"I think at the level we're at with Spurs that's the bare minimum that a manager will come in with, to lay out how they expect to play and what they expect from you and basically how to do it. That's the basics of what they bring in but the characters have all been completely different.

"Pochettino built an incredible culture there. We had a great team with a lot of young players who all got along with each other. We all gelled perfectly. Yes there was that structure built in but also a big element of freedom as long as it was within the structure. He gave us that freedom with quite a lot of guidance and basically created the perfect environment for us all to thrive as players.

"We were really unlucky that we didn't get over the line at that time with him. The season that Leicester won it, we played some unbelievable football at times and didn't quite do it and the next season when Chelsea won it, we went on a run of nine or 10 wins and Chelsea ended up winning even more. So we felt like we were close.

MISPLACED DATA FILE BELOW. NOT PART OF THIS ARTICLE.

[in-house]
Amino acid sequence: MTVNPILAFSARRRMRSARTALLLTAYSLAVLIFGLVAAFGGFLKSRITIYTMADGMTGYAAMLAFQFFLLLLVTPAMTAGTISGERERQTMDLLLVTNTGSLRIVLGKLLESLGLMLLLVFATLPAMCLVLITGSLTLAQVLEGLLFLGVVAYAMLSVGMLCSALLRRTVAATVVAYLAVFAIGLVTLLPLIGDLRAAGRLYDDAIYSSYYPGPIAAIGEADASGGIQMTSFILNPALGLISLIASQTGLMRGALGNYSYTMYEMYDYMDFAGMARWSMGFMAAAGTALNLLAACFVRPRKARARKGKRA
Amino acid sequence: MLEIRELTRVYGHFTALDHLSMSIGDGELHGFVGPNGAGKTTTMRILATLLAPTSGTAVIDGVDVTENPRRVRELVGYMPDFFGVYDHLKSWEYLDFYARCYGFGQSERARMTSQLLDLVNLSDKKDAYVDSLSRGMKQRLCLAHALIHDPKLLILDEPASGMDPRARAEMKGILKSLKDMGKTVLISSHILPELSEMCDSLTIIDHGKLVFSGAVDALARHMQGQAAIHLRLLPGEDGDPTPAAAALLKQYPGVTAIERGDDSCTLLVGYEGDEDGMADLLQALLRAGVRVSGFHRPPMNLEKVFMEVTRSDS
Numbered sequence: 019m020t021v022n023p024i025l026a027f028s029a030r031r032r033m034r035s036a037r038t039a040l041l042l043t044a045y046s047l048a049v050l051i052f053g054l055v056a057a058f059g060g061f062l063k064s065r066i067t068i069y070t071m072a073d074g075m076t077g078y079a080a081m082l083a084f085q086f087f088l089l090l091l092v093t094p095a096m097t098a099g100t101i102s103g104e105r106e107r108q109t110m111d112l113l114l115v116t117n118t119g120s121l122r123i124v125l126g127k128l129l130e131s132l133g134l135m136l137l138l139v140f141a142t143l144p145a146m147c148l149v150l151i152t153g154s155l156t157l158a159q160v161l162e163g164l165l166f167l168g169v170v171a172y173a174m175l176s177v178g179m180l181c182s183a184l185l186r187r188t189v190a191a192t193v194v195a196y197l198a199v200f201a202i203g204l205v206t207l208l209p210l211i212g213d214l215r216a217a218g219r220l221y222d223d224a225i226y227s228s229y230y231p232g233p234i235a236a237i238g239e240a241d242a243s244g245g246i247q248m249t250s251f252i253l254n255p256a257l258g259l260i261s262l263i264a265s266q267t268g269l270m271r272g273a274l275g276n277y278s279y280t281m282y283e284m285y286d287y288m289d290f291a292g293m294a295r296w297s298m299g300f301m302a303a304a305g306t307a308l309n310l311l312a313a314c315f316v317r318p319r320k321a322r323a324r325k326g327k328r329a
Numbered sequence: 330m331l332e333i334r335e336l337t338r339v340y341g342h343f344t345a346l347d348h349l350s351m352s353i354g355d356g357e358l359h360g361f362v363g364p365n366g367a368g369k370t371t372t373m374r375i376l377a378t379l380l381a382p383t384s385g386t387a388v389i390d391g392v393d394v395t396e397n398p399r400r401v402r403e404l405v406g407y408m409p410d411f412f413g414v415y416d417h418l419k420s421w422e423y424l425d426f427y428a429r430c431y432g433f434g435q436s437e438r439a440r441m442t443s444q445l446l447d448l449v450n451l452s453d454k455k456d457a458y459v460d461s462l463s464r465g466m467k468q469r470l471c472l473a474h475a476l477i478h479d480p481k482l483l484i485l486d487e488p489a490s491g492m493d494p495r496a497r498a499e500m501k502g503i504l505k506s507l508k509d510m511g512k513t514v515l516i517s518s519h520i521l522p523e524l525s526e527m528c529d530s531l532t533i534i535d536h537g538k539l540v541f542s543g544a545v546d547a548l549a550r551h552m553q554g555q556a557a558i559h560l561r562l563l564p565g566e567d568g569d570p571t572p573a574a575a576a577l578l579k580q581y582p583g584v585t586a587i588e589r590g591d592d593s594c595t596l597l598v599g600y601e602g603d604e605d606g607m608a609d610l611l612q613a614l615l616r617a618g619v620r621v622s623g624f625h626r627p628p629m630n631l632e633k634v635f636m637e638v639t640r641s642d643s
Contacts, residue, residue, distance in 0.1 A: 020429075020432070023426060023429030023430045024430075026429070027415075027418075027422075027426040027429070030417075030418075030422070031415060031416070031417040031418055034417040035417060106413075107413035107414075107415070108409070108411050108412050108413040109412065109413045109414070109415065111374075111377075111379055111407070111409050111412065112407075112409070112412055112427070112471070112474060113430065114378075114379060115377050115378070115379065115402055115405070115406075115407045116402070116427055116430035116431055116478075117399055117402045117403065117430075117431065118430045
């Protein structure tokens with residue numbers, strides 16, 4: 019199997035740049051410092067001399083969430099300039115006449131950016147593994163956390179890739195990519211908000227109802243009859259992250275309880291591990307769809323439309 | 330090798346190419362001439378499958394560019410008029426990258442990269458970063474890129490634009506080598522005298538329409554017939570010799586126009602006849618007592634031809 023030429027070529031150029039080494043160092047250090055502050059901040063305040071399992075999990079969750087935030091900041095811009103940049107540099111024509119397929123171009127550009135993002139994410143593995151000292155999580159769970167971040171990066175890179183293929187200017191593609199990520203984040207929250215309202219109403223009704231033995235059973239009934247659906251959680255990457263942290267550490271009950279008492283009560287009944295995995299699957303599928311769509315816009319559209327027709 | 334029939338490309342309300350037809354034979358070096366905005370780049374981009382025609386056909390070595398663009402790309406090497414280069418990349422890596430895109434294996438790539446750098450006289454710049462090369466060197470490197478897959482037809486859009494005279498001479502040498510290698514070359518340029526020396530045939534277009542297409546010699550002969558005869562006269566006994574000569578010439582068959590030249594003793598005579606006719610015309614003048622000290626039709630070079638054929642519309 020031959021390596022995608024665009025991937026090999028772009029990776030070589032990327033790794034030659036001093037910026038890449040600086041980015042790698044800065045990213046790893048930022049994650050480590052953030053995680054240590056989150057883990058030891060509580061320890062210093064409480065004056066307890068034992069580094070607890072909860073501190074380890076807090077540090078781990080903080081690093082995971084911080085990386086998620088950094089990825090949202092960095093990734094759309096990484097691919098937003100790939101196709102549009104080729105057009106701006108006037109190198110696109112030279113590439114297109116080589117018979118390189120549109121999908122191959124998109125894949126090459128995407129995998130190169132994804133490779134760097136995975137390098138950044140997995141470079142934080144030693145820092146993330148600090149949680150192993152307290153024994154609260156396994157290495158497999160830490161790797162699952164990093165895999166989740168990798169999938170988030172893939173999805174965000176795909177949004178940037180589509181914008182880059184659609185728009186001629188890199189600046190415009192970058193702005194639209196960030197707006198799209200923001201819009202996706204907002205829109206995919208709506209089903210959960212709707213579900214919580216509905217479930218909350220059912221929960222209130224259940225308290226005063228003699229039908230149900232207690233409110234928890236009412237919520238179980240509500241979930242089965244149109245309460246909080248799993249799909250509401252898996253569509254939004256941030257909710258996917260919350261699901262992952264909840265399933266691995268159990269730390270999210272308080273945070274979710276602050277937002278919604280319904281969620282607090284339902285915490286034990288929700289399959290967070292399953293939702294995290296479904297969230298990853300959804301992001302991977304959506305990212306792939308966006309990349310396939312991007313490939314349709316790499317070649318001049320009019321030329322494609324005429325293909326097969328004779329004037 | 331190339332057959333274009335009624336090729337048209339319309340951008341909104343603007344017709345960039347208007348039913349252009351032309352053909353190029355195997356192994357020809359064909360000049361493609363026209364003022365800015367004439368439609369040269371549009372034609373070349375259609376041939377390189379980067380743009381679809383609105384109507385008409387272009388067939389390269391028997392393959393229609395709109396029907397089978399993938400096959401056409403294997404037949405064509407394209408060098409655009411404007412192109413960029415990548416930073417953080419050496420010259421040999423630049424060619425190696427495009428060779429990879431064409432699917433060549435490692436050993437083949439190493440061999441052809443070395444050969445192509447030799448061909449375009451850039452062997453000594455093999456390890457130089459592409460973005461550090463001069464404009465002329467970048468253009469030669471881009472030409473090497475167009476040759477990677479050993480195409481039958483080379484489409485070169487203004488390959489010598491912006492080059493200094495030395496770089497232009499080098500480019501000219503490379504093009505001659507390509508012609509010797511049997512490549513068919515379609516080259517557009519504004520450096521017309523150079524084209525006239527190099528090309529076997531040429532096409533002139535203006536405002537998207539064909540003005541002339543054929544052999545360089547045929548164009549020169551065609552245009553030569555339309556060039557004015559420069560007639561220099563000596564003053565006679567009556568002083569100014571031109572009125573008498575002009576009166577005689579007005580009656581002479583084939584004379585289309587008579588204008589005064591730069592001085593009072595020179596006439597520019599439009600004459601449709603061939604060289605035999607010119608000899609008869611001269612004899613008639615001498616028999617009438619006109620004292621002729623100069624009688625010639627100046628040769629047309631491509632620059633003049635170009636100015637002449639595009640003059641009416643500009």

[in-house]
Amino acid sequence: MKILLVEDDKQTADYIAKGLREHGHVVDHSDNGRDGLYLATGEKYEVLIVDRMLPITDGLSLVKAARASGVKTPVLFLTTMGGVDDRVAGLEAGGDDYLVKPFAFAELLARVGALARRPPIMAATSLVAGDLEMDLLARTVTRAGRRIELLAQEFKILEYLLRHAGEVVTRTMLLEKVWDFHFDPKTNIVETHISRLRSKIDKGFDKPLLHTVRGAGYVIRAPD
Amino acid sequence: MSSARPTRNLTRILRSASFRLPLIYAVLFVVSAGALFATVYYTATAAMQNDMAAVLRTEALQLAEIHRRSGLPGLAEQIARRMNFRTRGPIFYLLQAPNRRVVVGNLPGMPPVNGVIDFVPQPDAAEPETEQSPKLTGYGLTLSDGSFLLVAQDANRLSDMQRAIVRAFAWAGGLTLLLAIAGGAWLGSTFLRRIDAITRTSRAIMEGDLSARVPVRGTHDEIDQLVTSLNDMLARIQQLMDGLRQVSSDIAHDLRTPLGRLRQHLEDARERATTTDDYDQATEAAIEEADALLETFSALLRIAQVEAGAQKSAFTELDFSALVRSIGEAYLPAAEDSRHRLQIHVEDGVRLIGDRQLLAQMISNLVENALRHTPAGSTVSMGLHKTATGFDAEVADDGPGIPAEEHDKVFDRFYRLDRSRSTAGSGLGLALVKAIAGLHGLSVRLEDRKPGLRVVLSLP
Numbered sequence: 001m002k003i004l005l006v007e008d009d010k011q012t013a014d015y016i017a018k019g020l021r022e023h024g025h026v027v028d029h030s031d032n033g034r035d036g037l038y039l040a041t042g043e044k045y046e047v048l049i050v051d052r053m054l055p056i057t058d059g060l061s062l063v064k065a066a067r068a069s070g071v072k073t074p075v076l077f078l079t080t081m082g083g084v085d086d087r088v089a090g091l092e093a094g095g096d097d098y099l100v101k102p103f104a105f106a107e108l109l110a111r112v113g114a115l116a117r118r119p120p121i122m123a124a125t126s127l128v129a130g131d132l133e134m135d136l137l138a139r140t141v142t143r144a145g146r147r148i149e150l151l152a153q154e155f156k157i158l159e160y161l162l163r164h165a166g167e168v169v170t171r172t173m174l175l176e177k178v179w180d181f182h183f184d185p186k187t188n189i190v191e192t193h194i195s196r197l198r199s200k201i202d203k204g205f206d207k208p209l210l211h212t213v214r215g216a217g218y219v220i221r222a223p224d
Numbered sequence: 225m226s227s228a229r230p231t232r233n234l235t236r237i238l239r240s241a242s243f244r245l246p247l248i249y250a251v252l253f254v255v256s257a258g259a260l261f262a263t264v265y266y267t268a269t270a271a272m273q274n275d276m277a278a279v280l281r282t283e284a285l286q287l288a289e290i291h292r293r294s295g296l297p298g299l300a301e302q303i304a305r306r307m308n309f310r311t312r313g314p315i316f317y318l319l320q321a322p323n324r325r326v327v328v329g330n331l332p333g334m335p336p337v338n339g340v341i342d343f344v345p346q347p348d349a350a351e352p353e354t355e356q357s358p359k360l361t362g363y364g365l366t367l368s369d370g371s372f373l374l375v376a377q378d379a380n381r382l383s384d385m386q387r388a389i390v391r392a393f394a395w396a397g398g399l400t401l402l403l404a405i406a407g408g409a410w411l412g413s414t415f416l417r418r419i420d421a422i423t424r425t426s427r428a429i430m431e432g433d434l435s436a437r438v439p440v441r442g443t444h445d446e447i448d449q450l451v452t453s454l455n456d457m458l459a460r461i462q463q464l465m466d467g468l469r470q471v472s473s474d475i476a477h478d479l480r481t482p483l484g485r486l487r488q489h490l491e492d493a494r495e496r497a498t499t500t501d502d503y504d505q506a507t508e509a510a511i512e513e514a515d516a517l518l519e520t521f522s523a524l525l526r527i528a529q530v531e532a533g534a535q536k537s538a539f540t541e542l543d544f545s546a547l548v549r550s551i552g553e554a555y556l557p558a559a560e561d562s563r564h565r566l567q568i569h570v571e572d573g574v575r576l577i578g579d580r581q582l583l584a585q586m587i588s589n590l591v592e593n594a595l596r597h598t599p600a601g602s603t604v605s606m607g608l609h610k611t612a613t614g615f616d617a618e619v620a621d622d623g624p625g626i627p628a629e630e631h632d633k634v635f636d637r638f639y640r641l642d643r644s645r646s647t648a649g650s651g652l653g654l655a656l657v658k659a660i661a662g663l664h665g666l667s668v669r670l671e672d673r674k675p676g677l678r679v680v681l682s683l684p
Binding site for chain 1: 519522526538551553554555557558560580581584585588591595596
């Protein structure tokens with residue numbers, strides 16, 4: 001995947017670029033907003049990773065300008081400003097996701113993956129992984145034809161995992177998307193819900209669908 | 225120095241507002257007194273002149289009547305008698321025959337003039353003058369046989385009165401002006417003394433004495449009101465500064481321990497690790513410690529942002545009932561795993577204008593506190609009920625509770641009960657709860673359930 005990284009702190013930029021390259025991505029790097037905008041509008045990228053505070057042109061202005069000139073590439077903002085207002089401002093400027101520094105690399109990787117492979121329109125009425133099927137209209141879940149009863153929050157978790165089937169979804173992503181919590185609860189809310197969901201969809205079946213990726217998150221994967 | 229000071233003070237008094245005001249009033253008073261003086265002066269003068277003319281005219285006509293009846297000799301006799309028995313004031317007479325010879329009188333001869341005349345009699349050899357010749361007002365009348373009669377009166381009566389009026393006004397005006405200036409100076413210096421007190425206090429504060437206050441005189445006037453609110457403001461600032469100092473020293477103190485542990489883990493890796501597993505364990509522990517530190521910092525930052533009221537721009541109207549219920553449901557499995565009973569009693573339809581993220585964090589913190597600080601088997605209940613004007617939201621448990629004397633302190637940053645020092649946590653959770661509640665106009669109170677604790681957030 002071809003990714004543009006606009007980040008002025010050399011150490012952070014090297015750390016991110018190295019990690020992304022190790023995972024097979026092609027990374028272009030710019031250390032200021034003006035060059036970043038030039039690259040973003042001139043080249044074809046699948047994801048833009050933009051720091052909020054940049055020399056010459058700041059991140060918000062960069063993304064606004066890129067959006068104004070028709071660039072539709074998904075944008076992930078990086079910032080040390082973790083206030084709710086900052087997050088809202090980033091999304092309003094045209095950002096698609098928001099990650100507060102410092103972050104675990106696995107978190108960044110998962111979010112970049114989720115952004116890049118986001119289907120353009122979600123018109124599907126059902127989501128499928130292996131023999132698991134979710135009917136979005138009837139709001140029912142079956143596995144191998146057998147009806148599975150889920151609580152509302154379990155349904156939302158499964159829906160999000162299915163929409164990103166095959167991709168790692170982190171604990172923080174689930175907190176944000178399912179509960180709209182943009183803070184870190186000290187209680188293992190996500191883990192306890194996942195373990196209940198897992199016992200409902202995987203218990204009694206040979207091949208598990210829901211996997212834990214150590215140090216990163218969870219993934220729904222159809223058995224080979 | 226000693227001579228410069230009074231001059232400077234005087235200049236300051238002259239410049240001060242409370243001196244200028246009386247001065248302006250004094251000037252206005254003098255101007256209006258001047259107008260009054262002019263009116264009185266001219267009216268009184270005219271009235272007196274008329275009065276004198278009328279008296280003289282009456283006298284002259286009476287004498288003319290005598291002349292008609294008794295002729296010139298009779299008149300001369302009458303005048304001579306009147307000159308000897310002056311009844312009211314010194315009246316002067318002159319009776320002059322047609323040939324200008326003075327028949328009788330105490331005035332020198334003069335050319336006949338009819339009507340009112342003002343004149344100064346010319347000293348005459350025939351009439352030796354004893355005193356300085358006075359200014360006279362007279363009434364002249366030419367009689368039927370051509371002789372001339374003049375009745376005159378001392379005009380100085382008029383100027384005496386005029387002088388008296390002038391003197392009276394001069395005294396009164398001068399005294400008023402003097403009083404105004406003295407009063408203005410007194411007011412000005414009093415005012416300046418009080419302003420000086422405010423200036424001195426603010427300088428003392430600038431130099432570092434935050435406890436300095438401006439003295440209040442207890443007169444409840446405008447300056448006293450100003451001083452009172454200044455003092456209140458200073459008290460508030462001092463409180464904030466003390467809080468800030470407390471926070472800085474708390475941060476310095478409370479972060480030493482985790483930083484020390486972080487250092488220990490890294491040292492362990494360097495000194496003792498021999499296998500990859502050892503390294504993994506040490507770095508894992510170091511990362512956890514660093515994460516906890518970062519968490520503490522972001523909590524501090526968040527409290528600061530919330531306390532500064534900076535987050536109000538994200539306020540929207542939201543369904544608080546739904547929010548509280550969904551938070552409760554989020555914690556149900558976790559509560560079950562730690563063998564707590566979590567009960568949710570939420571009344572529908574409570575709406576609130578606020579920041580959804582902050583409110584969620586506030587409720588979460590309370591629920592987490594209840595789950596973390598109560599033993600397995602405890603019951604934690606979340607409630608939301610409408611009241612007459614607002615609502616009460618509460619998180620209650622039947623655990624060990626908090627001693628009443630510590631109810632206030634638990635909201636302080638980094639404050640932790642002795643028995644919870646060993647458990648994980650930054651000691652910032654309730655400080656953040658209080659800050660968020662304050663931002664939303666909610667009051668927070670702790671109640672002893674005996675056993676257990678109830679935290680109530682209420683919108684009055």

"Then football is football. In hindsight, the length of time Pochettino was there it feels like an age, given how quickly managers have come and gone, not just at Spurs but in the league in general. I think 18 months is the average tenure a manager gets now. Results are expected quickly. We had Pochettino for five-and-a-half years which meant you knew the lay of the land and you felt comfortable."

The Argentine was suddenly sacked in 2019 and Davies admitted: "We definitely didn't see the Pochettino one coming."

The man that replaced him was Jose Mourinho and the left-back said that while it was a surprise and sad to see the relatively long-serving Pochettino depart, he got well with the incoming Portuguese.

"Mourinho got us straight in and told us some home truths. He was an incredible man manager. He was someone that I really got along with," he said. "I had plenty of long chats with him, sometimes just listening to some of his stories, you're like a fan. You couldn't help but be engrossed. He would take over a room with his stories and he was incredible. It was another way of working and it was very interesting to be around someone like him."